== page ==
Why Biomedical Engineering Bone Growth Techniques Is The Wrong Path
After I wrote the post where I had said that there is almost nothing left to say, and nothing left to research, at least on the level of theory and reading more articles, someone sent a link to a technique being developed in some Bioengineering or Biomedical Engineering Lab in Rice University where either a Grad Student or Post Doc was working on their little project, creating a type of gel which can be applied to bone to grow bones.
The problem with this bone growing gel technique is that it will NOT work for what we are trying to do.
Here are the 4 main axioms on the science of height increase
Axiom #1: Bones, the actual one tissue, the extracellular bone matrix, consisting of both the organic and inorganic components of the ECM, do NOT grow.
Axiom #2: It is either the marrow inside the bones or the outer layer wrapped around the bone called the periosteum that makes the entire bone grow.
Axiom #3: Most bioengineering and biomedical engineering techniques which claim to “grow bone” are talking about increasing the bone mineral density (BMD), which is used for treating low bone density aka osteoporosis, which affects postmenopausal women, since their ovaries have no more eggs aka no more release of estrogen. Increasing bone density does not increase bone volume, which is what we want.
Axiom #4: We want to find techniques which can grow cartilage, and keep the cartilage sustained and healthy for as long as possible.
Cartilage tissue, but most especially hyaline cartilage, is extremely hard to generate or regenerate when they start to degrade.
Now, here is two other axioms I would like to add with that list…
Axiom #5: Finding ways to grow bone tissue is very easy. – All you need is any type of biodegradable scaffold with a little bit of growth factor (there are plenty to choose from) placed in a fracture and you would have grown bones. Any local state university lab with a bioengineering department would have at least one professor or post-doc which is doing research like this – The technique has been done to death in thousands of research university labs around the world.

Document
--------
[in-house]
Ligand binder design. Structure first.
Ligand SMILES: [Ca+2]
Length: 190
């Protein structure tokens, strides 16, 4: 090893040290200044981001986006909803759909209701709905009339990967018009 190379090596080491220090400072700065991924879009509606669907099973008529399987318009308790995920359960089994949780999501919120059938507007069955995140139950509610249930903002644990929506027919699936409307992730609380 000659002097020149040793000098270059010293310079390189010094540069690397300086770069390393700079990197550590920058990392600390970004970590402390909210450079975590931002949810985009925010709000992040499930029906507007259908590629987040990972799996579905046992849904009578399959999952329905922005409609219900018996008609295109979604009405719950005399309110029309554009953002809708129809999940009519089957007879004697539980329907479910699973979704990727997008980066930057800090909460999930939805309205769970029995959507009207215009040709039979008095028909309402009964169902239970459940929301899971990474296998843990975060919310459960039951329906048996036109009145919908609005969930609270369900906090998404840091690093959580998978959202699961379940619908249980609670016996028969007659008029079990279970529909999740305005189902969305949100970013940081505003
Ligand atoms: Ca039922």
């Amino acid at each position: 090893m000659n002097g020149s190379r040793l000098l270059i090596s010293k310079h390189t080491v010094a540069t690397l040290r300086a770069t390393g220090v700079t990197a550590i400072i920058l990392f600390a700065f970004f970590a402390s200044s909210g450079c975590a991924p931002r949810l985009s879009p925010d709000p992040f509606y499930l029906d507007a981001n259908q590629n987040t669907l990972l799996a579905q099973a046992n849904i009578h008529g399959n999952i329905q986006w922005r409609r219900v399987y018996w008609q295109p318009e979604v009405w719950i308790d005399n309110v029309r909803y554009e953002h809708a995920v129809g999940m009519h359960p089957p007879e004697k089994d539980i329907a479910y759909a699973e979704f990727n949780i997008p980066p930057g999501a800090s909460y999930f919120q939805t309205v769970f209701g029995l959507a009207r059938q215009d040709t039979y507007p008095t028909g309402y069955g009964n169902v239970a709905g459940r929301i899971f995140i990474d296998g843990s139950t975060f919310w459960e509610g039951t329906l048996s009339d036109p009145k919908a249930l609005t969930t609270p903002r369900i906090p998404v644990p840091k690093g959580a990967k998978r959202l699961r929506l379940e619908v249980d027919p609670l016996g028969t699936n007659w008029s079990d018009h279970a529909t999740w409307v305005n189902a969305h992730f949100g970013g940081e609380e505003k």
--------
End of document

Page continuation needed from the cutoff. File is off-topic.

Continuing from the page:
Axiom #6: Finding ways to grow cartilage tissue is very hard – This is what we are searching for. Not only that, we are looking for ways to actually induce bone tissue to turn into cartilage tissue.
This process we are trying to learn, by reading all the literature and guessing at the protein pathways, is to maybe figure out a few external stimuli to trigger the right gene expression so that a dormant region inside either the microRNA, or the “left-over RNA” to turn back on. It might be that the “waste RNA” which was active during embryogenesis, creating all the cartilage in babies and young children, can NEVER be turned back on but actually are completely dead. If that is the case, then there would be no easy technique like pressing a “button” to induce cells to transdifferentiate.
We are trying to do the impossible, which is induce the process of transdifferentiation, in the opposite direction that nature has set forth.
Here is the last two axioms I will add…
Axiom #7: The way nature and the universe works as time progresses —> Cartilage Cells aka Chondrocytes transdifferentiation into Bone Cells aka Osteoblasts
Axiom #8: What we are looking for when we are combing through the entire human medical research database is to create a theoretical and feasible scientific technique to go in the exact opposite direction —> Bone Cells aka Osteoblasts transdifferentiation into Cartilage Cells aka Chondrocytes.
To put it in some type of physics analogy, it is like us trying to find a secret loophole to go against the 2nd law of entropy. As everyone realizes, the only law that one can never break based on all the laws that humans have come up with is the 2nd Law of Thermodynamics, which states that the disorder of the analyzed system will NEVER decrease over time. So using this physics analogy, and going back to our bioengineering endeavor, we are trying to go against the natural process.
I really do appreciate the effort some of the readers put in to help find articles like this one (about the new medical gel turning into bone), but we are actually looking for a different type of research, involving a different type of tissue.